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NCJ Number: 200216 Add to Shopping cart Find in a Library
Title: Why Crime Rates Fell
Journal: Crime & Justice International  Volume:19  Issue:72  Dated:April 2003  Pages:17-20
Author(s): John E. Conklin
Date Published: April 2003
Page Count: 4
Publisher: http://www.cjcenter.org/cjcenter/publications/cji/ 
Type: Research (Theoretical)
Format: Article
Language: English
Country: United States of America
Annotation: This article explores many competing perspectives of why the Nation’s crime rates fell during the 1990s.
Abstract: The author presents several views about why crime rates fell during the 1990s, including perspectives from the New York Times, criminologists, academics, and law enforcement officers. Falling crime rates in the 1990s led many people to believe that crime was finally declining, and the decline seemed to be both substantial and stable. However, criminologists and other researchers noted that the falling crime rates could instead be a result of an unwillingness by citizens to report crimes to the police. Instead of an actual decrease in the amount of crime occurring, this argument speculated that people were becoming frustrated with police efforts and had thus stopped reporting crimes to their local agencies. Another theory about the declining rates is the argument that police departments sometimes deliberately manipulate data to either show a decline in crime in their jurisdiction or reflect a rise in crime. The motivation is to either gain more resources for the department by showing a rising crime rate or to show police competency by showing a declining crime rate. Yet another reason for declining crime rates is offered by law enforcement agencies. Their contention is that their crime prevention programs, such as community policing and more officers on the streets, have worked to reduce overall crime. Criminologists debate the efficacy of incarceration as a crime control method. Some argue that rates have declined because more criminals are incarcerated, thus unable to commit further crimes. Others argue that incarceration does not reduce the overall crime rate because in order to put one offender into an overcrowded jail system, one offender must be let out. Other arguments regarding influences on national crime rates concern the drug trade and law enforcement efforts to disrupt the distribution of drugs in America. Finally, researchers also debate whether citizen ownership of firearms discourages criminals from committing acts against potentially armed citizens.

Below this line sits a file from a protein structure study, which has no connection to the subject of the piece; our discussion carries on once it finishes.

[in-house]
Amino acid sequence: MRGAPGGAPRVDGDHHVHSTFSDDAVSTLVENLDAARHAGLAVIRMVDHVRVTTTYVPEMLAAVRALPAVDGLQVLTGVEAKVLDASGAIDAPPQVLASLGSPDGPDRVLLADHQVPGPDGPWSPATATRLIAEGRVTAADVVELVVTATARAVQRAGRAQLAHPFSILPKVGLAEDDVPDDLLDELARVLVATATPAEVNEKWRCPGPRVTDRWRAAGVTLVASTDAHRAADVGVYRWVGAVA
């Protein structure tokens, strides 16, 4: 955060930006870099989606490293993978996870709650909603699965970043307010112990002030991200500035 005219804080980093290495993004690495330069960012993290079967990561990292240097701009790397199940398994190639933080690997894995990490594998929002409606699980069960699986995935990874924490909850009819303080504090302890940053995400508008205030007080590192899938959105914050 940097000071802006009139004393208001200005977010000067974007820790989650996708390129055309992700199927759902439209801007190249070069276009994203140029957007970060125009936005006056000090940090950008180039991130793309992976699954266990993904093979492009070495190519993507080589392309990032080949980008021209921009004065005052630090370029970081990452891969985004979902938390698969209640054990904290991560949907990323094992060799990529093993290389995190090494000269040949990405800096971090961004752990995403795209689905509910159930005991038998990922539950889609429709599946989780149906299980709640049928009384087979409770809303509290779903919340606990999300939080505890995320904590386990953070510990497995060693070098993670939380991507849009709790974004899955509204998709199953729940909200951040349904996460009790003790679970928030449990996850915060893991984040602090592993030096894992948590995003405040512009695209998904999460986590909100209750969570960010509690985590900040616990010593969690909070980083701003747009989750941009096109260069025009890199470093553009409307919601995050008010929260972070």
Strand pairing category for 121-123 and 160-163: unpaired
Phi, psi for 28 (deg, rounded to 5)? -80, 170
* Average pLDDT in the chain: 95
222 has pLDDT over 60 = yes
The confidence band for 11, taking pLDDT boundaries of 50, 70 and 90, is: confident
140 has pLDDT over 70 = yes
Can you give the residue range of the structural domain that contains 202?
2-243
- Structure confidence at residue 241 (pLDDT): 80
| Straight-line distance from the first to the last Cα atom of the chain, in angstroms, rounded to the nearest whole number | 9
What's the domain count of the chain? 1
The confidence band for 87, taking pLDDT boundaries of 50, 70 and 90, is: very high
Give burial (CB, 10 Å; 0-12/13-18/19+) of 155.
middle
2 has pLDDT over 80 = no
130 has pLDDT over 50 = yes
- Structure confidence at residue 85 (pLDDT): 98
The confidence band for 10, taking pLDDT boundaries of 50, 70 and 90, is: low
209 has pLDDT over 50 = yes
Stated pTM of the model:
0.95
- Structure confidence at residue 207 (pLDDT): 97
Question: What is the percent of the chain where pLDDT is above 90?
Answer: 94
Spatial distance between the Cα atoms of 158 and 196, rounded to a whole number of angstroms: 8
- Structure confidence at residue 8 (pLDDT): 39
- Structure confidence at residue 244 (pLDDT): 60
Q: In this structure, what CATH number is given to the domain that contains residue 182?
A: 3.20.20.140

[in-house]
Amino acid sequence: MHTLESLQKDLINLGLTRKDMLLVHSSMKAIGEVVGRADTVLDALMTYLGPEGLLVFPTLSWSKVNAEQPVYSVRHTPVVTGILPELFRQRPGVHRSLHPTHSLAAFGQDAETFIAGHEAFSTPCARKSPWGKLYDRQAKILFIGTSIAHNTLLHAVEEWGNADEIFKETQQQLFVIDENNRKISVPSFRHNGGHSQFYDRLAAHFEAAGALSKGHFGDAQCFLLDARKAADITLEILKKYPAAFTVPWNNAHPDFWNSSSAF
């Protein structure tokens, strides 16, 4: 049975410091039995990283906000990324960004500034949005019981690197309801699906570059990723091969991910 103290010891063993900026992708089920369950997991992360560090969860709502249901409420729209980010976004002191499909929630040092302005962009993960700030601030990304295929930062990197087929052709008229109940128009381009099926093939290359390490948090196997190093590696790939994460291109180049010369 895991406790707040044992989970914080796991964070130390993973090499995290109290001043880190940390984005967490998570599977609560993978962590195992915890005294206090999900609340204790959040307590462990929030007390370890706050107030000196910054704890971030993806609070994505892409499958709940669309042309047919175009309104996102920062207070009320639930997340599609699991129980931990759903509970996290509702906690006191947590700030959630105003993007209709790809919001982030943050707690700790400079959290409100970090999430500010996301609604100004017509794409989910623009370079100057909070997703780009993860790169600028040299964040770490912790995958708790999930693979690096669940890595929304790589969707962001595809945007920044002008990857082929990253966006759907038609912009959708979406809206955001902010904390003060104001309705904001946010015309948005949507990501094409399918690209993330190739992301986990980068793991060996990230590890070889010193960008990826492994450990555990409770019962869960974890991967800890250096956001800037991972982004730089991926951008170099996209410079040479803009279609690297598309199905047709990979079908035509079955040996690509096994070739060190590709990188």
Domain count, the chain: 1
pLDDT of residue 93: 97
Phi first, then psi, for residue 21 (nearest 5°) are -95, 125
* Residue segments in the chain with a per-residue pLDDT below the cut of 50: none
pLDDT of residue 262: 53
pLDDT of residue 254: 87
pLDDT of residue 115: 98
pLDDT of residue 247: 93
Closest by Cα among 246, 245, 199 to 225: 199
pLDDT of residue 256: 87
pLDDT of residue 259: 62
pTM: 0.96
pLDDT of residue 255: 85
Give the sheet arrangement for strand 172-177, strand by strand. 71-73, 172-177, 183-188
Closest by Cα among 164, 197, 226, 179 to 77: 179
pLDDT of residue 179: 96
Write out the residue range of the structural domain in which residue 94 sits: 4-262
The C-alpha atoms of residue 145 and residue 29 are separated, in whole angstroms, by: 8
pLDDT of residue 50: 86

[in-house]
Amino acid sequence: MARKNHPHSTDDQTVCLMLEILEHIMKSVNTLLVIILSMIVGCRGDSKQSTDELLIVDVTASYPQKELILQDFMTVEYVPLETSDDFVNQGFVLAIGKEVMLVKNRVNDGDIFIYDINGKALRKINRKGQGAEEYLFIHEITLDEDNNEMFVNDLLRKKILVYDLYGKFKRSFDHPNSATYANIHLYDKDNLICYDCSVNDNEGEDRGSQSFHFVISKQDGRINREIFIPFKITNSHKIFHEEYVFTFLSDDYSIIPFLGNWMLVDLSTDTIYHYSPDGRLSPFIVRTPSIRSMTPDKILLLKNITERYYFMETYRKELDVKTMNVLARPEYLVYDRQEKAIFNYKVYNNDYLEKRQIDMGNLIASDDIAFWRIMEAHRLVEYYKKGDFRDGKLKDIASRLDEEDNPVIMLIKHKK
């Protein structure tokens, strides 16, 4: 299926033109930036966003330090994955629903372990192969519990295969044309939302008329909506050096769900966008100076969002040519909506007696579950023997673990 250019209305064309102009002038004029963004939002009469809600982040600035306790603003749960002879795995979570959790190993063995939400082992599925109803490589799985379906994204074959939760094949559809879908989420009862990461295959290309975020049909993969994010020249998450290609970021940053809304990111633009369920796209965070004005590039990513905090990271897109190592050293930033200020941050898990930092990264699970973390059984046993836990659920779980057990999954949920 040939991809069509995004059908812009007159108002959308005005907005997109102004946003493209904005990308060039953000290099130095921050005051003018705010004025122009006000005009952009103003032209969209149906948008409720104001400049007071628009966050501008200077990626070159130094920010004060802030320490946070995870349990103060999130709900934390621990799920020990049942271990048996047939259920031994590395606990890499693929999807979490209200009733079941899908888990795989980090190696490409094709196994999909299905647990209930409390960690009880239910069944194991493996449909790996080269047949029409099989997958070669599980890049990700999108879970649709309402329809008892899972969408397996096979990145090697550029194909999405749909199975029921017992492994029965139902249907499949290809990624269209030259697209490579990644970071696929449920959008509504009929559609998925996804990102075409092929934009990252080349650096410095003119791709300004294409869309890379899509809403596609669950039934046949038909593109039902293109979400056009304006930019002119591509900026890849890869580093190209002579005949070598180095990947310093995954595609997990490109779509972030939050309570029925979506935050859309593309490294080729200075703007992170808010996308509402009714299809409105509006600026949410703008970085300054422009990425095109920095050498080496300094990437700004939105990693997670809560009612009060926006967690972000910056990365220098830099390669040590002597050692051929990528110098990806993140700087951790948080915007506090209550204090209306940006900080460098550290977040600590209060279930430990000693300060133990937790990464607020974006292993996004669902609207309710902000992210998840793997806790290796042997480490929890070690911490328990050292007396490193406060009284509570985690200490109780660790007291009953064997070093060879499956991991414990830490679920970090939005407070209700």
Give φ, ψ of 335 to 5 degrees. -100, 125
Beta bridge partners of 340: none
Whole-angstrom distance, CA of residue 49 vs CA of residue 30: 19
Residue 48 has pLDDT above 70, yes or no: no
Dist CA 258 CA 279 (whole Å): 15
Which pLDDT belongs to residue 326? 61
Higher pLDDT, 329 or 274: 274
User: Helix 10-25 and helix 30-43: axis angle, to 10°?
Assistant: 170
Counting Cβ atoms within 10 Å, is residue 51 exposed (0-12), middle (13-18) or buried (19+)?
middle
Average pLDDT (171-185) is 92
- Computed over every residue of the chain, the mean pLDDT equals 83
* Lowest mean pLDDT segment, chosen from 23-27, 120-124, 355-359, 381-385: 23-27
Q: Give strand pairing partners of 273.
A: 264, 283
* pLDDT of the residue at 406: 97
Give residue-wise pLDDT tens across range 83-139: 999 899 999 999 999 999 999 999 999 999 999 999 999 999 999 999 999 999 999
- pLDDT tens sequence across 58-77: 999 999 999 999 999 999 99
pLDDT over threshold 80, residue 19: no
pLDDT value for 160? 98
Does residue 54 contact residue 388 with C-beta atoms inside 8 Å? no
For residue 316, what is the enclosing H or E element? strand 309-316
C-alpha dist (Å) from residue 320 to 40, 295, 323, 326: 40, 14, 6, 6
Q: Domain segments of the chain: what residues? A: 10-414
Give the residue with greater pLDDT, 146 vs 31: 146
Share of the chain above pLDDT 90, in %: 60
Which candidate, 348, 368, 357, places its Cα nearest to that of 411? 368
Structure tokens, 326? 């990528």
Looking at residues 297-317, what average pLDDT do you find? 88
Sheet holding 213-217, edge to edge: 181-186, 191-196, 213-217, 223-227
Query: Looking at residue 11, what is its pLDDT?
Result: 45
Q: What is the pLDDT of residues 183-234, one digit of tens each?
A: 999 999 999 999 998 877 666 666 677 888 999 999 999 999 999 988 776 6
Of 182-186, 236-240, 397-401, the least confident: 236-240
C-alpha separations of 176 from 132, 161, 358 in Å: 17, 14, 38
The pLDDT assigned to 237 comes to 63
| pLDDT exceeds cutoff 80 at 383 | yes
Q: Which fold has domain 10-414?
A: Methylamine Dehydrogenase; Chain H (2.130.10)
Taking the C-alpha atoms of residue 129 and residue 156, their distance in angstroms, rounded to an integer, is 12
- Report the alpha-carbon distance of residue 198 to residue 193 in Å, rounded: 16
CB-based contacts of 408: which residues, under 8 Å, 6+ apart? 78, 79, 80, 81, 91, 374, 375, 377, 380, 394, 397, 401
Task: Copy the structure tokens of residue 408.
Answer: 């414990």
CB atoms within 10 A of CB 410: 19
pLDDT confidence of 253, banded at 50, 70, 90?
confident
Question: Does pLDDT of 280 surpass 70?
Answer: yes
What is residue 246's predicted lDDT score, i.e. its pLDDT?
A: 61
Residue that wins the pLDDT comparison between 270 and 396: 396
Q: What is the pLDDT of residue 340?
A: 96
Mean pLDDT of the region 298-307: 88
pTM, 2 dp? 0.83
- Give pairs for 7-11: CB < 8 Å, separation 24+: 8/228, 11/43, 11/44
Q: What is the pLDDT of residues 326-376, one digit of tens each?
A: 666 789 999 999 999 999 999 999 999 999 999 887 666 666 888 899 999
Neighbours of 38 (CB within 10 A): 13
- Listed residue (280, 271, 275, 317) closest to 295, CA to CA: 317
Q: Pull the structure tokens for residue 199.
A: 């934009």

Main Term(s): Crime Rate
Index Term(s): Community policing; Drug law enforcement; Law enforcement; Police community relations; Theory
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